Wireless EV charging pavement trials to begin in Indiana

The Indiana Department of Transportation and Purdue University will trial the pavement that charges EVs as they drive, in phases starting this summer.

Sean Szymkowski
It all started with Gran Turismo. From those early PlayStation days, Sean was drawn to anything with four wheels. Prior to joining the Roadshow team, he was a freelance contributor for Motor Authority, The Car Connection and Green Car Reports. As for what's in the garage, Sean owns a 2016 Chevrolet SS, and yes, it has Holden badges.
Sean Szymkowski
Indiana freeways

Highways that charge EVs would be pretty incredible.

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California may be the national leader in electric vehicle infrastructure, but it's Indiana that plans to trial some pretty impressive new pavement technology. The Drive first reported on the state's Department of Transportation announcement last week that it will test wireless EV charging pavement. The technology, magnetizable concrete, comes from a German startup called Magment. The idea is to fill up an EV's battery while you motor along the highway, which would be a true game-changer in charging infrastructure.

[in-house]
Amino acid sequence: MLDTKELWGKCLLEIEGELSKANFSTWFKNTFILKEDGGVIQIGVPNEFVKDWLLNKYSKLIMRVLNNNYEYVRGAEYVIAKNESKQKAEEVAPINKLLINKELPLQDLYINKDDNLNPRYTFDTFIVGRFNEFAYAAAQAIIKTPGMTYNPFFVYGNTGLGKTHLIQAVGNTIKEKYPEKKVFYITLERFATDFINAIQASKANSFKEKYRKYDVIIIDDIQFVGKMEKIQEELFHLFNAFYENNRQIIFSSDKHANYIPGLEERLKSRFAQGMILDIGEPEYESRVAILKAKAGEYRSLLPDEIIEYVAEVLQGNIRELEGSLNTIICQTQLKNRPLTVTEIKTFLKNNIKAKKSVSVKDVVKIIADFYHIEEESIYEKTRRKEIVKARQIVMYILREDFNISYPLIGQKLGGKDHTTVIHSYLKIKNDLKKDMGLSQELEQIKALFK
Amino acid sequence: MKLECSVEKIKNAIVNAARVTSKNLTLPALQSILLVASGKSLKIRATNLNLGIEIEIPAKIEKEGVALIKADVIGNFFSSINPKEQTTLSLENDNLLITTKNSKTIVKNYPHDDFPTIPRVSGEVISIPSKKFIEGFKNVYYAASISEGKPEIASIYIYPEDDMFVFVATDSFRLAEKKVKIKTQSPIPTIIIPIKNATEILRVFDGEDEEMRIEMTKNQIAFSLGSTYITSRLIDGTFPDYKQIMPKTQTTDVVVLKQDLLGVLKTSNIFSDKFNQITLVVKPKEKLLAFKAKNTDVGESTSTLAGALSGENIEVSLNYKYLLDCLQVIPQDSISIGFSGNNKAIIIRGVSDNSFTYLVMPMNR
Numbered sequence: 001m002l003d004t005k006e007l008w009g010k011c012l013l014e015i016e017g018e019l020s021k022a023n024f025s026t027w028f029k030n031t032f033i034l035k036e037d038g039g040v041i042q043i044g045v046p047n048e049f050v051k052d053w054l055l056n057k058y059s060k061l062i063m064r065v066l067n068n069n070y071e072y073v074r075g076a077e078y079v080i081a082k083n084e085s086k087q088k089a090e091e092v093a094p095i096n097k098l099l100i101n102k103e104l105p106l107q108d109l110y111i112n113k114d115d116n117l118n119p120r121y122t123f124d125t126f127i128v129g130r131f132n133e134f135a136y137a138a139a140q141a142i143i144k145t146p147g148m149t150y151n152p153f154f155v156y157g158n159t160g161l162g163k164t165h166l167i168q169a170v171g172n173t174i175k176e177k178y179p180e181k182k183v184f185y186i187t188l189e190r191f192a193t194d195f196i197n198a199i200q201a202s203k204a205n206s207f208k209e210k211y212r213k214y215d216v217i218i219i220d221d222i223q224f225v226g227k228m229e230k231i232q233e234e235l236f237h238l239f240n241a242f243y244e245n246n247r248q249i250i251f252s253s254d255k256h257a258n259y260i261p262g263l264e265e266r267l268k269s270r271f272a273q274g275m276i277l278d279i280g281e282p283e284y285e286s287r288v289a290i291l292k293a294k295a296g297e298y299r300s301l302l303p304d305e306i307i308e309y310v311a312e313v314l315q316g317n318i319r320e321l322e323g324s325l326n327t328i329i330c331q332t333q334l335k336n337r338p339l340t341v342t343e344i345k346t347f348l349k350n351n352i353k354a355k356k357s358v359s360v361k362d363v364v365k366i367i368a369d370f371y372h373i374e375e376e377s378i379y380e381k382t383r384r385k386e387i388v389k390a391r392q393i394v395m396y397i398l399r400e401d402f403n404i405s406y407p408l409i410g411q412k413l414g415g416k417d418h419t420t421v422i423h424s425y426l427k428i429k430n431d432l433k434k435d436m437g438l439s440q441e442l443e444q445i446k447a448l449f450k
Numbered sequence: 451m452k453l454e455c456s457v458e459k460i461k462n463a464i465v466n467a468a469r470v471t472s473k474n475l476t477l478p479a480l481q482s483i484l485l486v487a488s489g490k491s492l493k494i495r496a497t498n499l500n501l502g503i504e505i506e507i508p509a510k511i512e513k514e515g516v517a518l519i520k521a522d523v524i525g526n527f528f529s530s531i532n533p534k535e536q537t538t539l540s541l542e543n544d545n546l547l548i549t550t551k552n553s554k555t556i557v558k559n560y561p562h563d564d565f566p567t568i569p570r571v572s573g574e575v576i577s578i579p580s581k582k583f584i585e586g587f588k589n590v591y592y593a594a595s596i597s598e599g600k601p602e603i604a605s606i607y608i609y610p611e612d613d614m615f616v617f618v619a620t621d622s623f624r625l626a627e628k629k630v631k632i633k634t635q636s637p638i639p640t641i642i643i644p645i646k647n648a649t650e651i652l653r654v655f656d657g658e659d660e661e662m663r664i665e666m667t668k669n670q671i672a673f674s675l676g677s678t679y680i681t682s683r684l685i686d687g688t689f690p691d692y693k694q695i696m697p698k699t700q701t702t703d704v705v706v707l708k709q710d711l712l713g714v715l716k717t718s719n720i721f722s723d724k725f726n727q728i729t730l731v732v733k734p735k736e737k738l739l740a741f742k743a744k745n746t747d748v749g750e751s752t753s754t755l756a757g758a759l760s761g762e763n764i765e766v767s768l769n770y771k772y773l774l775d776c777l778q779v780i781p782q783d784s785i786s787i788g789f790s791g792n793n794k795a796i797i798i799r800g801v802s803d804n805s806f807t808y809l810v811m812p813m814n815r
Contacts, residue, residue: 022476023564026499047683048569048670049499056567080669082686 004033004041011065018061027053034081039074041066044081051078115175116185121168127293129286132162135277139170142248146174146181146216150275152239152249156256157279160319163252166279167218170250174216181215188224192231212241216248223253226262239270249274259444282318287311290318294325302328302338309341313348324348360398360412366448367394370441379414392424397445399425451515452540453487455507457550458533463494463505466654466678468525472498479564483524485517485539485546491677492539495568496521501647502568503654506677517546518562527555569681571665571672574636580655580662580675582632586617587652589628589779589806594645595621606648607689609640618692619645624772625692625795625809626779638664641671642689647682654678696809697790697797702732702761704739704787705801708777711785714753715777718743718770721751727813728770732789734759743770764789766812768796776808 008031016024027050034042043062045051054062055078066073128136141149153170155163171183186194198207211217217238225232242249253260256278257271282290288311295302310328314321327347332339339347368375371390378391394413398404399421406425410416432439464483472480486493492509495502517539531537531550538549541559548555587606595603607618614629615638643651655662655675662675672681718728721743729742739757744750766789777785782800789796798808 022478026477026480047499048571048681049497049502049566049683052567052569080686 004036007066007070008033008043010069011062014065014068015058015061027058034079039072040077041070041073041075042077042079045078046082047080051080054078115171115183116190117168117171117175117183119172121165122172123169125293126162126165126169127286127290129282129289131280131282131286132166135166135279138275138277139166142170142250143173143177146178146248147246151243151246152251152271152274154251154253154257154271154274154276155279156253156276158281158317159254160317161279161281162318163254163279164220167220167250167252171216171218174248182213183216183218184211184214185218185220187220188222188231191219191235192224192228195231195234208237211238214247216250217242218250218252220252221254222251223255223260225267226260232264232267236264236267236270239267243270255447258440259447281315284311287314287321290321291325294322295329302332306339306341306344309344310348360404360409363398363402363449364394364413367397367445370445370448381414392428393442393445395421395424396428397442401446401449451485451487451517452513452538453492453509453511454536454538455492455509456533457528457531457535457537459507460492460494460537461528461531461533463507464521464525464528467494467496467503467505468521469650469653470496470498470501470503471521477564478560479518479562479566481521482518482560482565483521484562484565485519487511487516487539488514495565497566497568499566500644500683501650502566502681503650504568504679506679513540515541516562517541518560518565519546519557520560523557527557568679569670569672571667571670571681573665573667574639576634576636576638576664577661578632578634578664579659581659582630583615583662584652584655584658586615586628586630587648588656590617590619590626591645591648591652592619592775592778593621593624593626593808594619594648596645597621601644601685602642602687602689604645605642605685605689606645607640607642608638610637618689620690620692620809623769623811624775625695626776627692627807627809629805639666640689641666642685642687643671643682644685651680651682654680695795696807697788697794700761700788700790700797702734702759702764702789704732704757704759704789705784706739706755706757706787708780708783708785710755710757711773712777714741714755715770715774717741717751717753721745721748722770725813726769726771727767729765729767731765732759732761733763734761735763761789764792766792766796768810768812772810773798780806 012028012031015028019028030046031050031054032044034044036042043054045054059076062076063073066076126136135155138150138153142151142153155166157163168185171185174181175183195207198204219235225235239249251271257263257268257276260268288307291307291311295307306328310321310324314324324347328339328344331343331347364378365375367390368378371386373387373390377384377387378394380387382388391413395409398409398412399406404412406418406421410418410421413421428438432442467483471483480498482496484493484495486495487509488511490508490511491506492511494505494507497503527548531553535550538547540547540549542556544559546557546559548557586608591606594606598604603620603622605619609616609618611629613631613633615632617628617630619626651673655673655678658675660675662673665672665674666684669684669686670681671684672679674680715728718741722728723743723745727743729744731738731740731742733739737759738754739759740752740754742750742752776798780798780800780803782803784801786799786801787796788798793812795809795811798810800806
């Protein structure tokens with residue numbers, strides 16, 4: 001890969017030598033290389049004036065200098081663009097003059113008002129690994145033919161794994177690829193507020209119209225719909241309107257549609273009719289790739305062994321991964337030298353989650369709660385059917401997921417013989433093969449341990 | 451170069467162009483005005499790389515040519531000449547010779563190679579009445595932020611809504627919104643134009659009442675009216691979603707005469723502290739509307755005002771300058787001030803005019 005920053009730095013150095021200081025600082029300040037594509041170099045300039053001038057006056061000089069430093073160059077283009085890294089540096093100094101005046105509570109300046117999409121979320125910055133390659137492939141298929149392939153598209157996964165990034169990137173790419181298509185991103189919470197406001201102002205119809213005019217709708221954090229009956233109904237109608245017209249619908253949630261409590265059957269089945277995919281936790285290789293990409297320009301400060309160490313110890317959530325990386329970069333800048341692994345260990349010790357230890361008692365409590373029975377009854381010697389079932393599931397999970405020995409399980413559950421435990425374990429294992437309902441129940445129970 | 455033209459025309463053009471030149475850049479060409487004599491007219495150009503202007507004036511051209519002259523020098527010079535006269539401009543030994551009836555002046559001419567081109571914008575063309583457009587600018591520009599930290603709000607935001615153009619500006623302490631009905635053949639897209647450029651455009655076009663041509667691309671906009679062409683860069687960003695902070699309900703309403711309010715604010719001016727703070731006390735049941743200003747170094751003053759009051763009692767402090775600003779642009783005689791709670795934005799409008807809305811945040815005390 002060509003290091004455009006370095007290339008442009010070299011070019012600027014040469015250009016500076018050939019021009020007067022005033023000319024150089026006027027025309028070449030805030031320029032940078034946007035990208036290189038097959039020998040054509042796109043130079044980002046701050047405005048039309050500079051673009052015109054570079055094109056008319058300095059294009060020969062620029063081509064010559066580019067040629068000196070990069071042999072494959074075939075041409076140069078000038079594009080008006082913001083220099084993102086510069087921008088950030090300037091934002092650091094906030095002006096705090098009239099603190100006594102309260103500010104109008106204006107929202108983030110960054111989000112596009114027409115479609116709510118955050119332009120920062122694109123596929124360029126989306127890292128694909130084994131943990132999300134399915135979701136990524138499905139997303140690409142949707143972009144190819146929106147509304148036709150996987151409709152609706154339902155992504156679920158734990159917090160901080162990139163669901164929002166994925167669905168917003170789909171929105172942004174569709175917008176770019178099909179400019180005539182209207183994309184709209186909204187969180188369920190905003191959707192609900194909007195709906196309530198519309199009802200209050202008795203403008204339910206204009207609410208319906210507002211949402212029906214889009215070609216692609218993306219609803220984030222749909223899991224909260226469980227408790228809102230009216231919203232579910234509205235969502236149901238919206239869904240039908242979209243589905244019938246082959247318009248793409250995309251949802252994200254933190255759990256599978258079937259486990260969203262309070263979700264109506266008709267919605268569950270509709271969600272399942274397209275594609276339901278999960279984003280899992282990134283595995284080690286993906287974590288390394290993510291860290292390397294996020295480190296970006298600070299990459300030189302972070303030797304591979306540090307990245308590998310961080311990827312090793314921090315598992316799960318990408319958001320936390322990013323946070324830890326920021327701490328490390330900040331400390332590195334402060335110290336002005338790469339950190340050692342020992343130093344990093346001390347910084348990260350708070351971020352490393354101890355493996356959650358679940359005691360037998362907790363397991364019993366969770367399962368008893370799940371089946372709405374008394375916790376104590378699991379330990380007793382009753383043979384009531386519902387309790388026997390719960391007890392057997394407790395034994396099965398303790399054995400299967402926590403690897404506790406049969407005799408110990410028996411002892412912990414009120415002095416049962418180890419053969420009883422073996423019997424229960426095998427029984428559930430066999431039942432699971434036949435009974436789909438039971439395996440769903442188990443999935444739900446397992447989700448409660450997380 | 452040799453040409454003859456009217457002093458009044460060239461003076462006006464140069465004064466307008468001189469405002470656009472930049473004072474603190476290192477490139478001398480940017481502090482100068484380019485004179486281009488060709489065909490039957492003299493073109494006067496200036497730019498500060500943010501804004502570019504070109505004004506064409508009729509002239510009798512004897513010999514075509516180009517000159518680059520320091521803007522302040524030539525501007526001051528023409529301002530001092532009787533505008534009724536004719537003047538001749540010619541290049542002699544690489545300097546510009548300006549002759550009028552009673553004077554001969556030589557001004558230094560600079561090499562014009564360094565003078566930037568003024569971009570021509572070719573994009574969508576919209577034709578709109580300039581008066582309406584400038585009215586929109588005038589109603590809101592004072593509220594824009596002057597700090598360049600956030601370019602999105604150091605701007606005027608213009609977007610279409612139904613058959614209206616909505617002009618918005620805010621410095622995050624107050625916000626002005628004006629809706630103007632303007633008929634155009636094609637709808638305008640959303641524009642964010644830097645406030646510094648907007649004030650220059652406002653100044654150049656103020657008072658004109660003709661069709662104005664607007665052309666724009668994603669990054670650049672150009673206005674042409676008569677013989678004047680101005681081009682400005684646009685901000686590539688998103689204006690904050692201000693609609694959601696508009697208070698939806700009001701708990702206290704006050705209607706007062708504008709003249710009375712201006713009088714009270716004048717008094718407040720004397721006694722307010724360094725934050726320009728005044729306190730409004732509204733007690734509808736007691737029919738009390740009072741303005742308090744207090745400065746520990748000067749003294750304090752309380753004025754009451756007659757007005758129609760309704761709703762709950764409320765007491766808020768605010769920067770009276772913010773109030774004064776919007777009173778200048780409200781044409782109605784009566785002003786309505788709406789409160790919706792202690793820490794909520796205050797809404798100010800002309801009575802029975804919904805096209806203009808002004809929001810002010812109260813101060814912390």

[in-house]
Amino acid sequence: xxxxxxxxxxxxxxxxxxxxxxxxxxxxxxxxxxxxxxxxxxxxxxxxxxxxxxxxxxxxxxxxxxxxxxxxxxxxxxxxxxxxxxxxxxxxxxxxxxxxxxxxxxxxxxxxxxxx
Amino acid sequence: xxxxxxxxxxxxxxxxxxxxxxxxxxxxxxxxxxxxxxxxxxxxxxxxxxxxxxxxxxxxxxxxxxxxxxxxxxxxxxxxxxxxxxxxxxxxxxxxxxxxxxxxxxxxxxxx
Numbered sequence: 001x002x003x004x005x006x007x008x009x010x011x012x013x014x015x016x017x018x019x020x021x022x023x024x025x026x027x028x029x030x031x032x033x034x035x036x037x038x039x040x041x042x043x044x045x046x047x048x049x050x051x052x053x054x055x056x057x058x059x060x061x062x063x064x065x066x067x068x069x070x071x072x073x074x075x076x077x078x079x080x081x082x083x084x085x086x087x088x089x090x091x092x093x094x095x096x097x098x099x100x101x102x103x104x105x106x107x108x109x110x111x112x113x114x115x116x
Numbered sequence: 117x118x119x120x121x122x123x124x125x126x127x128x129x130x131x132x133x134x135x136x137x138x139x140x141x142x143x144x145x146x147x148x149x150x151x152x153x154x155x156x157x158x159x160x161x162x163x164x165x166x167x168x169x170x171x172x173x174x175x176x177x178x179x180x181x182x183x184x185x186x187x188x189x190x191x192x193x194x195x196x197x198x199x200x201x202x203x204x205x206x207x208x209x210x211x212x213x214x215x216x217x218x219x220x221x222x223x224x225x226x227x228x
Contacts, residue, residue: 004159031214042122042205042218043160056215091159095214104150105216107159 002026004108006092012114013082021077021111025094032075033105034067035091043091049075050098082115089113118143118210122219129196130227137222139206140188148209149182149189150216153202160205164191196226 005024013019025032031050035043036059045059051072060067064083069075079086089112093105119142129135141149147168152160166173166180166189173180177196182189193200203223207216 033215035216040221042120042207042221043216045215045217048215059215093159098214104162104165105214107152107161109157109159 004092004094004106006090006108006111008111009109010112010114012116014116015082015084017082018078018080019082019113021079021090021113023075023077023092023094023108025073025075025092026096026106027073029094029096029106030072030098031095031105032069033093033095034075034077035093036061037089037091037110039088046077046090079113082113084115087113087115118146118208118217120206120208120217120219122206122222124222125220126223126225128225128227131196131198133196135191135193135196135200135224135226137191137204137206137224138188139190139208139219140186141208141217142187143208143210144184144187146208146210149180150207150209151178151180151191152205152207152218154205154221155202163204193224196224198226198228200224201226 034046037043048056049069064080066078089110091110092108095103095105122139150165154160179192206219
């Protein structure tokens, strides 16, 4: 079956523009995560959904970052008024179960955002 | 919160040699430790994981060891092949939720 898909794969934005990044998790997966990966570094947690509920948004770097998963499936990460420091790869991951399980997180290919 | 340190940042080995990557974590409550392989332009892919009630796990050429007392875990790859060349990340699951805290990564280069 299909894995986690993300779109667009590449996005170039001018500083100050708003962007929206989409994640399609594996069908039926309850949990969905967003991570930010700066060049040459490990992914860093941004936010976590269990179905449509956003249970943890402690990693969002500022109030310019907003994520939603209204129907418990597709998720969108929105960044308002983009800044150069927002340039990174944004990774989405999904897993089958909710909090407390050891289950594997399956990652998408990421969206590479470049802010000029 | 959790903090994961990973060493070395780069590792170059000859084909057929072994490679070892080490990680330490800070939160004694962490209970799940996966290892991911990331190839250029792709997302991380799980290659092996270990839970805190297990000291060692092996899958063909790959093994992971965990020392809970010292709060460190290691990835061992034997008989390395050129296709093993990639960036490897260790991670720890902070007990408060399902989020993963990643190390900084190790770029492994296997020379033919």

With help from the Purdue University, the state plans to trial the magnetized concrete in phases. Don't expect the special pavement to hit the road right away. Instead, tests will take place at Purdue's West Lafayette campus through the state's Joint Transportation Research Program. This will cover phases one and two of the project to observe and optimize the technology.

Phase three is more exciting. Here, INDOT will start construction of a quarter-mile strip using the technology for further real-world testing. It won't be on public roads, but engineers want to study how well the pavement charges heavy-duty trucks. Semis and heavy-duty trucks are a key area for electrification, after all.

Once Indiana's finished with all of these tests, the state then plans to electrify a portion of the Interstate highway system within its borders. INDOT didn't provide a final timeline for when this may happen, and it likely has a lot to do with how well the trials go, but work begins for the first two phases this summer.

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